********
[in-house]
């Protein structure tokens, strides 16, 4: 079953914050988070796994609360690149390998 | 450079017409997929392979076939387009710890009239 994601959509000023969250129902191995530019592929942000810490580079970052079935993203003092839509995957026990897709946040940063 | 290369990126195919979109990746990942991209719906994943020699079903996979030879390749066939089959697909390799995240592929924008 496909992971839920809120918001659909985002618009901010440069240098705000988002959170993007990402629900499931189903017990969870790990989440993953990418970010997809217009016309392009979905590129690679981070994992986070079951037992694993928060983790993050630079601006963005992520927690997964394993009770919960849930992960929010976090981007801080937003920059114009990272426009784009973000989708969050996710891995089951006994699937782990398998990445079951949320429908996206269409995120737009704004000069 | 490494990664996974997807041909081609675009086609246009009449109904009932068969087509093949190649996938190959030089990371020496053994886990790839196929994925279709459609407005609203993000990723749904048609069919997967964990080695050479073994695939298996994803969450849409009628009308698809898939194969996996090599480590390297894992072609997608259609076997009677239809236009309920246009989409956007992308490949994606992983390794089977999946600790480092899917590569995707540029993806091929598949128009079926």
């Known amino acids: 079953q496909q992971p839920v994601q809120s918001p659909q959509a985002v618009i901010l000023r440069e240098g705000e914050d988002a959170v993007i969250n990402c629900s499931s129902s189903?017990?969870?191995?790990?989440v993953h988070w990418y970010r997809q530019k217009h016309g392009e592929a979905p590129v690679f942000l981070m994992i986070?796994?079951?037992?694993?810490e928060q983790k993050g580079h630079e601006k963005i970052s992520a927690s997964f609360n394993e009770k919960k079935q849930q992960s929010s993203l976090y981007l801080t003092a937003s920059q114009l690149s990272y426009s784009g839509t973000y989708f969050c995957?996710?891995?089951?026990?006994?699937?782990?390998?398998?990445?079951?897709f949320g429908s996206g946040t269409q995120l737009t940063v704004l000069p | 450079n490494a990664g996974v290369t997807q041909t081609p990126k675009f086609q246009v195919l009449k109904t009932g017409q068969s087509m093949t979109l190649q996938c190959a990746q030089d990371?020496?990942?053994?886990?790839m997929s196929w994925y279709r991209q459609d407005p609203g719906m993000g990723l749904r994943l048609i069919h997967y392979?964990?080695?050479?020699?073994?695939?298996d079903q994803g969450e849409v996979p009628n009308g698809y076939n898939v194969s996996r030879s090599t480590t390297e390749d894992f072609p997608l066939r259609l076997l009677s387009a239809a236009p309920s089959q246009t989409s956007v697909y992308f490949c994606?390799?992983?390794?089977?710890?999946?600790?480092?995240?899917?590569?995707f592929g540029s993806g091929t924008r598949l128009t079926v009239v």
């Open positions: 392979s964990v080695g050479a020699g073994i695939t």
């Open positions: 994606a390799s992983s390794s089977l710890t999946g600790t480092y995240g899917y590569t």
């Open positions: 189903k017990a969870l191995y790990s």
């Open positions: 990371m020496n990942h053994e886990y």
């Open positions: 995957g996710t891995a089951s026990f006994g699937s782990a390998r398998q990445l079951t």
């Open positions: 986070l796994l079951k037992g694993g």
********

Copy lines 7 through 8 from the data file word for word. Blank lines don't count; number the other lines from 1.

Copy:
């Open positions: 990371m020496n990942h053994e886990y």
């Open positions: 995957g996710t891995a089951s026990f006994g699937s782990a390998r398998q990445l079951t």